Let's step back and look at the problem we are actually trying to solve. We have an context-free grammar that describes how we can generate an abstract syntax tree from a given input. Semantic Analysis is effectively a transform applied to the AST. Now the nature of this transform is remarkably consistent across compilers. Occasionally it amounts to a eulers walk over the tree, but generally it is a straight forward post-order traversal generating what are called 'Synthsised Attributes' at each production from it and it's children[0]. The result is called an 'Annotated Syntax Tree', and generally the attribute derivations are defined to ensure that the desired output of the semantic analyser is an attribute at the root of the AST.

Attribute derivation defintions are routinely defined as code snippets that convert child attributes into production attributes. In other words we have a series of functions that are dispatched on the AST node type, are called within the context of the results of the child production's functions, and are called as a post-order traversal.

Finally we have the added advantage that each node in the AST corresponds to a reduction in the LALR bottom-up shift-reduce parser that is the ultimate goal of an LALR parser generator. Being bottom-up, this is automatically a post-order sequence of reductions. Consequently we can choose to forgo the generation of the AST altogether and associate the functions directly with the reductions if we so desire. (and why wouldn't we?)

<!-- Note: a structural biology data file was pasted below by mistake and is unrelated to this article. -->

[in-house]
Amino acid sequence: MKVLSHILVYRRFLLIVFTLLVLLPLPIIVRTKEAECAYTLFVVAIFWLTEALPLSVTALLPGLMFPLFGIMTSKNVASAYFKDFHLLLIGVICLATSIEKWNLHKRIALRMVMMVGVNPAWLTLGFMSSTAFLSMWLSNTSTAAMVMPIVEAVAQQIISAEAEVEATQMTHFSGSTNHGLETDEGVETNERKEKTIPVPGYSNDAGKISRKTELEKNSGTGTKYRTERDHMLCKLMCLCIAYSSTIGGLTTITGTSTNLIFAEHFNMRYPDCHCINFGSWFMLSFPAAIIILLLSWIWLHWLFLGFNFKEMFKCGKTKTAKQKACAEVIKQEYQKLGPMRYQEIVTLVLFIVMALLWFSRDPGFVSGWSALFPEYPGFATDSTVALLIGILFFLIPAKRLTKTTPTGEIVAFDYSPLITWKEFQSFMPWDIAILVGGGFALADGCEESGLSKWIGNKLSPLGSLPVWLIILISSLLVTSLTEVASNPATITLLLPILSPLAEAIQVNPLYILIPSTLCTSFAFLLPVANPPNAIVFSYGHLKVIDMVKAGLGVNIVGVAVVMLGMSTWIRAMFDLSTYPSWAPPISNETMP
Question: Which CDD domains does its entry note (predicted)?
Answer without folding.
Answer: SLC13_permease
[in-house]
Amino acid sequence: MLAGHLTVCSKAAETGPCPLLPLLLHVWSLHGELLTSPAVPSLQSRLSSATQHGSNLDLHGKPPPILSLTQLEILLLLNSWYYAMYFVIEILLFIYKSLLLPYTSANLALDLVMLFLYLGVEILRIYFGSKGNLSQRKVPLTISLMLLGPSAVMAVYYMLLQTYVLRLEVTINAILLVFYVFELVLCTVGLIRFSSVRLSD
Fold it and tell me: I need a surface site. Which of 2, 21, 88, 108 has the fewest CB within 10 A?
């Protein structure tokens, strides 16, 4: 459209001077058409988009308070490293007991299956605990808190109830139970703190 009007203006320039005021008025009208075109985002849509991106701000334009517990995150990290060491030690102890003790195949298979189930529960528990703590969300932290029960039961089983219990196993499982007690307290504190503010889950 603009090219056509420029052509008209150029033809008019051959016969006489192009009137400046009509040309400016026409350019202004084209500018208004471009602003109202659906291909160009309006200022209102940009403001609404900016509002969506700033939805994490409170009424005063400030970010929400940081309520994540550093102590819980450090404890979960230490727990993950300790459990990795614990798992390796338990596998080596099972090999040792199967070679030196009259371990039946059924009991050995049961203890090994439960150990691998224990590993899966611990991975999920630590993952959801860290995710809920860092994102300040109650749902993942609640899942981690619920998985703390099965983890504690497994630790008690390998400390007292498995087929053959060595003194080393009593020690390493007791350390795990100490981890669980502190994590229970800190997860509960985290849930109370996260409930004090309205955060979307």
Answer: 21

Now generating an AST is sometimes desirable, for instance when you require the afore mentioned eulers walk based traversal, or if you are wanting to unparse the AST back into source-code again later. But regardless of if you generate an AST or not, most compilations are a simple bottom-up generation of the root anntoation in an annotated syntax tree based on associating functions with AST-nodes/parser-reductions.

So that is the problem we want to solve, and in the strictest possible sense it is fundamentally functional in nature. This of course poses a serious problem to our aforementioned object-oriented-lemming, because the natural, straight forward solution is not object-oriented. So the lemming spits out a tree and of course doesn't even need to think about the next step. After all "the object-oriented way to traverse a tree is the visitor pattern", so we'll disregard the fact that the problem is functional in nature --- we have this hammer and by george if we aren't going to make this problem fit our solution.

The visitor pattern is kludge used by programmers in a language that doesn't support multiple-dispatch to provide themselves with a static version of double-dispatch. The cannonical example that was used by the GoF when they documented the pattern is tree traversal. And ever since that fateful day no OOL has dared consider anything else (feh). Note there is no mention of trees in the definition above. Trees are a datastructure. The visitor pattern is a language semantics idiom. THEY ARE NOT RELATED CONCEPTS! Maybe if you are implementing dynamic traversals over a static tree (which does require double-dispatch to do cleanly) you might consider the visitor pattern as a solution to THIS problem; but only if you are willing to bet the life of your first born to guarentee that you will never ever want to introduce a new tree-node type into your design.